Behold the ancient Bhaktapur Durbar Square, Kathmandu

posted in: Asia, Heritage, Nepal | 71

In my last post, I did say that I was saving the best of my Nepal stay for the last. In reality, this place was the last of my major visits in Kathmandu and seems like the higher force did want me to experience the best at the end. There was no relieving the frenzy that Patan Durbar Square had set except for those few minutes in our van that transported us to yet another UNESCO heritage site in Kathmandu – the Bhaktapur Durbar Square. If anything, this increased the frenzy within me and set all my senses on fire!

Bhaktapur Durbar Square
Bhaktapur Durbar Square

The Bhaktapur Durbar Square in Kathmandu was one of the three kingdoms that I had mentioned in my earlier post. Bigger than the Patan Durbar Square, this one was quite majestic and imposing with its set of monuments. I with the rest of the ScoutMyTrip team reached here at lunch time and with my first step into the area was quite willing to forgo my meal. I only wanted to quench the thirst to explore that hit me at Bhaktapur. However, the rest of the team ensured that better senses prevailed and we soon began our exploration after satiating our protesting bellies.

History of Bhaktapur Durbar Square

The numerous temples in the City of Devotees - Bhaktapur Durbar Square
The numerous temples in the City of Devotees – Bhaktapur Durbar Square

Bhaktapur I guessed means a center of devotees as Bhakt in Hindi, means devotees. And boy! Was I right?  It indeed translates to that. This place is also called Bhadgaon and was one of the three major kingdoms of Newar people. The earliest chronicle refers to this as being set up in the 12th century by King Ananda Malla of the same Malla dynasty that set up Patan. The proof of its name is evident in its numerous temples – far more than the Patan Durbar Square.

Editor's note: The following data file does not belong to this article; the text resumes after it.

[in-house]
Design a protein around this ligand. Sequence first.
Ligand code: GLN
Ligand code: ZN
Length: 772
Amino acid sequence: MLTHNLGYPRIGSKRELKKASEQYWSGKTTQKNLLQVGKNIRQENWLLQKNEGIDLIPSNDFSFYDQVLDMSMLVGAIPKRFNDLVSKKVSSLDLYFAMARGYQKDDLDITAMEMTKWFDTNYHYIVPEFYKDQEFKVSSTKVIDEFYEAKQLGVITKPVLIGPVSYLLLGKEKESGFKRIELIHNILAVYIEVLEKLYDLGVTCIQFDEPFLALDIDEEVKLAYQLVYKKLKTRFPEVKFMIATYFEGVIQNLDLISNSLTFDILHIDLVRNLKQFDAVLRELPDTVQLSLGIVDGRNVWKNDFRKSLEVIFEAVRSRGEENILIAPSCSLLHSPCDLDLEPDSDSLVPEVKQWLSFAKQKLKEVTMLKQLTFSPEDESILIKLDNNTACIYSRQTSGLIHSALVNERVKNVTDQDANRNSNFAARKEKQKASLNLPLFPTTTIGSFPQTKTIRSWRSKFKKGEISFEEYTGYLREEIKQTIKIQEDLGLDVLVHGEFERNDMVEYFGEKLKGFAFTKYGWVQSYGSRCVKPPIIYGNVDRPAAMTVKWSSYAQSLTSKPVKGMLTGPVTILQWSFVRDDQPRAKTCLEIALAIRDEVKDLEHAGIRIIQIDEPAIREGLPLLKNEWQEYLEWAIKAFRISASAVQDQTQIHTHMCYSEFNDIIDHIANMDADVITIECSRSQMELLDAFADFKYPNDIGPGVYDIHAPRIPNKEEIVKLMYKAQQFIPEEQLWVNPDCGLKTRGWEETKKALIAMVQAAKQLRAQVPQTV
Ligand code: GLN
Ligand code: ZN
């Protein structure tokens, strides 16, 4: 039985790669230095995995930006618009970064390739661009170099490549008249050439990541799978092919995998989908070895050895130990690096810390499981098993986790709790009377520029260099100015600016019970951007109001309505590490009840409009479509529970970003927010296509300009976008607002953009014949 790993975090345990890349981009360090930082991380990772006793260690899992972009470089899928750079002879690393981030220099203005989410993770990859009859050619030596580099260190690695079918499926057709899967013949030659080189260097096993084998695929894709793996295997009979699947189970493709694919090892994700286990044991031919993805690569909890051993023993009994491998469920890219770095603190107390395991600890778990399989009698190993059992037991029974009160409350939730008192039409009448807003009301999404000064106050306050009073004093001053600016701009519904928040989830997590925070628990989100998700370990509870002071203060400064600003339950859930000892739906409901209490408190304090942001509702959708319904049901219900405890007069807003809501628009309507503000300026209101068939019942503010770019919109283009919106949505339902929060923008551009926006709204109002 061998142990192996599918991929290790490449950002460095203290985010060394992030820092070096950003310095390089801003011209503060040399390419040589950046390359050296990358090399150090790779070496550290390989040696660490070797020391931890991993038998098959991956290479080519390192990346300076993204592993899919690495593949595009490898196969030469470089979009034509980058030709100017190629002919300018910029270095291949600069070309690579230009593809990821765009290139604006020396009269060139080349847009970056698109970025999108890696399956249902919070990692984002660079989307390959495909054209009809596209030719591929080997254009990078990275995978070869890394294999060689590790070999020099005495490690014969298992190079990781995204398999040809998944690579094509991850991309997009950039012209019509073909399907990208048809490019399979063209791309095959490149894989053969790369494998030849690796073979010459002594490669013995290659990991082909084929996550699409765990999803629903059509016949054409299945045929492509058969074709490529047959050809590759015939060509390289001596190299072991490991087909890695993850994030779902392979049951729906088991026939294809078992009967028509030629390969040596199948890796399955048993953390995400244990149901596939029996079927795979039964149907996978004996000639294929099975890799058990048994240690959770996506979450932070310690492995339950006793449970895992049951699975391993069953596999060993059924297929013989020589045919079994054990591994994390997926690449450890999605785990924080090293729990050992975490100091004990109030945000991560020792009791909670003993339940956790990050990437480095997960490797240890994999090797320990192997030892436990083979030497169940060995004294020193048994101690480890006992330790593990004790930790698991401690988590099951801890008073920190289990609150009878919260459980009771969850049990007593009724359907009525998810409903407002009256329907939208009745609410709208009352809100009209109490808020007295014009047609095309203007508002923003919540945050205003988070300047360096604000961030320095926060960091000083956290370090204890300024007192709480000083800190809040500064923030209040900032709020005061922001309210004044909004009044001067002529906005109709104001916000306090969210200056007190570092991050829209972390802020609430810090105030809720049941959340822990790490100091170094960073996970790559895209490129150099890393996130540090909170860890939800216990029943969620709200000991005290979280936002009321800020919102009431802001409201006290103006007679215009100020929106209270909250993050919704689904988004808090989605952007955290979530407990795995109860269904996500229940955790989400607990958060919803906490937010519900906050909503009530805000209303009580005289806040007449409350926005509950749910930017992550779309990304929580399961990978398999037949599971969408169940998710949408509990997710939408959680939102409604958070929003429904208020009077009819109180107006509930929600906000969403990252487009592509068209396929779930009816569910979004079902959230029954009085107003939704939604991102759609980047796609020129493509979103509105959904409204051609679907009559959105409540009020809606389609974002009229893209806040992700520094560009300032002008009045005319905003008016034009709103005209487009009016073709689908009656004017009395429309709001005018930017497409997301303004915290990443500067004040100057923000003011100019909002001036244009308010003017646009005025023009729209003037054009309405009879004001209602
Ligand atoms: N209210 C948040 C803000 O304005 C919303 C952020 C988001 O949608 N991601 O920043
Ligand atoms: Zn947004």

Temples in Bhaktapur destroyed by the Gorkha Earthquake
Temples in Bhaktapur destroyed by the Gorkha Earthquake

Some of these still stand tall while a lot of them are now just rubble and dust. The Bhaktapur Durbar Square just wrenched my heart for the devastation caused by the Gorkha Earthquake was evident from the time we walked in. The damage here was far more than what I saw at Patan Square. It did pain to see so many homes and heritage buildings lost forever but being a true optimist, I also, regaled in the glory of witnessing what remained. And that remains the essence of this virtual tour of Bhaktapur Durbar Square.

Snapshot of Bhaktapur Durbar Square

Old Newari buildings, partially damaged by the Earthquake. Bhaktapur Durbar Square
Old Newari buildings, partially damaged by the Earthquake. Bhaktapur Durbar Square

We entered the square through a narrow lane that took us along the Newari houses. I found that the Newari homes were not as intricate as I saw them in Patan but I can also, attribute the same to the damage caused by the natural disaster. Here and there were signboards with old pictures of what the place really looked like before the calamity. And that itself was a proof of how amazing this place was.

Doorway to a Newari home, Bhaktapur
Doorway to a Newari home, Bhaktapur
The old Newari well in Bhaktapur
The old Newari well in Bhaktapur

Circling around an old well, we finally walked to behold a majestic site – the Royal Bhaktapur Durbar Square. Quite unlike Patan where it was a clear two rows of monuments, this was a huge square of gigantic relics of the past. Our guide explained that what we were witnessing was just one of the 4 main squares of Bhaktapur. And that bit of information itself was an adrenaline dose for me!